Weaver news

Weaver Wednesday [24]: Spectacled Weaver

2012-11-28 (300)

The Spectacled Weaver Ploceus ocularis is named after the black line running through its eye. It is found in open woodland, forest margins, bushy thickets, wooded valleys, along riverine woodland, savanna with sparse trees, and gardens.

Unlike many other weaver species, Spectacled Weavers have the same bright yellow plumage year round. Sexes are similar but the female lacks the black bib of the male (above left). The juvenile has a pinkish bill, without the eye-stripe initially but can be distinguished from other weavers by its thin bill (above right). See a photo of the female in this pdf on eye colours here (821 kB). The western race of the Black-necked Weaver Ploceus nigricollis (see photo birdpix 1064) is very similar in plumage, and the two species overlap in range in Cameroon.

Three subspecies of the Spectacled Weaver are currently recognised (see map right, based on Birds of Africa):
P. o. ocularis in eastern South Africa, Swaziland, and Mozambique south of the Limpopo River (see green on map right).
P. o. suahelicus in coastal Kenya and highlands east of the Rift Valley, eastern Tanzania, Malawi, eastern Zambia, eastern Zimbabwe, and Mozambique north of the Limpopo River (see yellow on map right). It is smaller than the nominate subspecies.
P. o. crocatus is found in SE Nigeria and Cameroon east (discontinuouly) to South Sudan and Ethiopia, East Africa west of the Rift Valley, western Zambia, Angola and south to northern Botswana (see red on map right). The head of both sexes is less chestnut than in the other races.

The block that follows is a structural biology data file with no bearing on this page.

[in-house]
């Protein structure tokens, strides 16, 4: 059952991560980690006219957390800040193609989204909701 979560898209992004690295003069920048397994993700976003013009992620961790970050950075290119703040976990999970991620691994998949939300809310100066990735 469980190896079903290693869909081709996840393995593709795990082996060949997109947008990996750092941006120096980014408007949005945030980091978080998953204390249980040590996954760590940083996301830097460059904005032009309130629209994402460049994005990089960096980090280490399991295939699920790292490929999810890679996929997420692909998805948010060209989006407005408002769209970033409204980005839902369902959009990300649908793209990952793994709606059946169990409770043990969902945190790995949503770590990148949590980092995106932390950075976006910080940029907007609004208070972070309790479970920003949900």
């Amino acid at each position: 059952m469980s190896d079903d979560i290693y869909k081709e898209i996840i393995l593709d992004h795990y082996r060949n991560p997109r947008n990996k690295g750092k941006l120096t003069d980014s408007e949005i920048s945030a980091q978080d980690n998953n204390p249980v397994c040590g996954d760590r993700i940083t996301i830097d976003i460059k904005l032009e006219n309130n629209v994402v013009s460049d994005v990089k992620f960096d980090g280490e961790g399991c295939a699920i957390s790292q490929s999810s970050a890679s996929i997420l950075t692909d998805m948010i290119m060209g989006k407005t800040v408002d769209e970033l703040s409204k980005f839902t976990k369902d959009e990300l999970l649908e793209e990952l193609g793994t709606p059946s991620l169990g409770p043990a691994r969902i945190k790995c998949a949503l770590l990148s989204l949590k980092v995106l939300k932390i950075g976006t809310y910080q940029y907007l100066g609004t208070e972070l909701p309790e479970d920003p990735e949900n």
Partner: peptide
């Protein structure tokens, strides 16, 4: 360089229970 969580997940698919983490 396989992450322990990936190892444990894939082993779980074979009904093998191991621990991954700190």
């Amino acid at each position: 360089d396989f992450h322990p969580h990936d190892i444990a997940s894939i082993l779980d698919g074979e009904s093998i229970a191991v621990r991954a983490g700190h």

The Spectacled Weaver is minly insectivorous, including crickets, moth caterpillars, beetle larvae; also spiders, centipedes, small crabs; geckos 3 cm long; berries; whole flowers; nectar. The typical call while feeding is a characteristic descending series of whistles,'tee-tee-tee-tee".

Photo (left): pair of Spectacled Weavers at nest suspended from roof, a rather unusal nest site for this species, from phown 2303.

It is a solitary species, probably a permanent pair bond, and pairs often nest at the same site every year. Sometimes nests from previous seasons hang near new nests. The nest is usually built by the male but sometimes the female helps. Unlike polygynous weavers which often build a nest in a day or two, the Spectacled Weaver may take 2-3 weeks to complete its nest. The entrance tunnel is usually 10-20 cm long but may be more than 60 cm long. Nest height varies from 1-7 m above the ground. Egg laying may be as long as two months after the nest is completed. Sometimes a pair will raise two broods in a season - the same nest or a new nest may be used. Beryl Fraser submitted a great sequence of photos of a Spectacled Weaver pair that raised two broods in the same nest - see the PHOWN record here.

It is an occasional host of the Diederik Cuckoo Chrysococcyx caprius. The oldest Spectacled Weaver to date was a female recaptured several times up to 12 years 7.5 months later (see here).

There are 62 PHOWN records (see PHOWN summary), but more PHOWN records are needed. By taking photos from the side of the nest and submitting to PHOWN, it may be possible to estimate the length of the tunnel from the photo. This way a large sample of tunnel lengths may be obtained, so please do look out for Spectacled Weaver nests! Pairs may remain near their nests during winter, so it is also worthwhile checking to see if the birds roost in their old nests during winter (if you are fortunate enough to have them breeding in your garden!). Submit any weaver nest records to PHOWN (PHOtos of Weaver Nests) via the Virtual Museum upload site.

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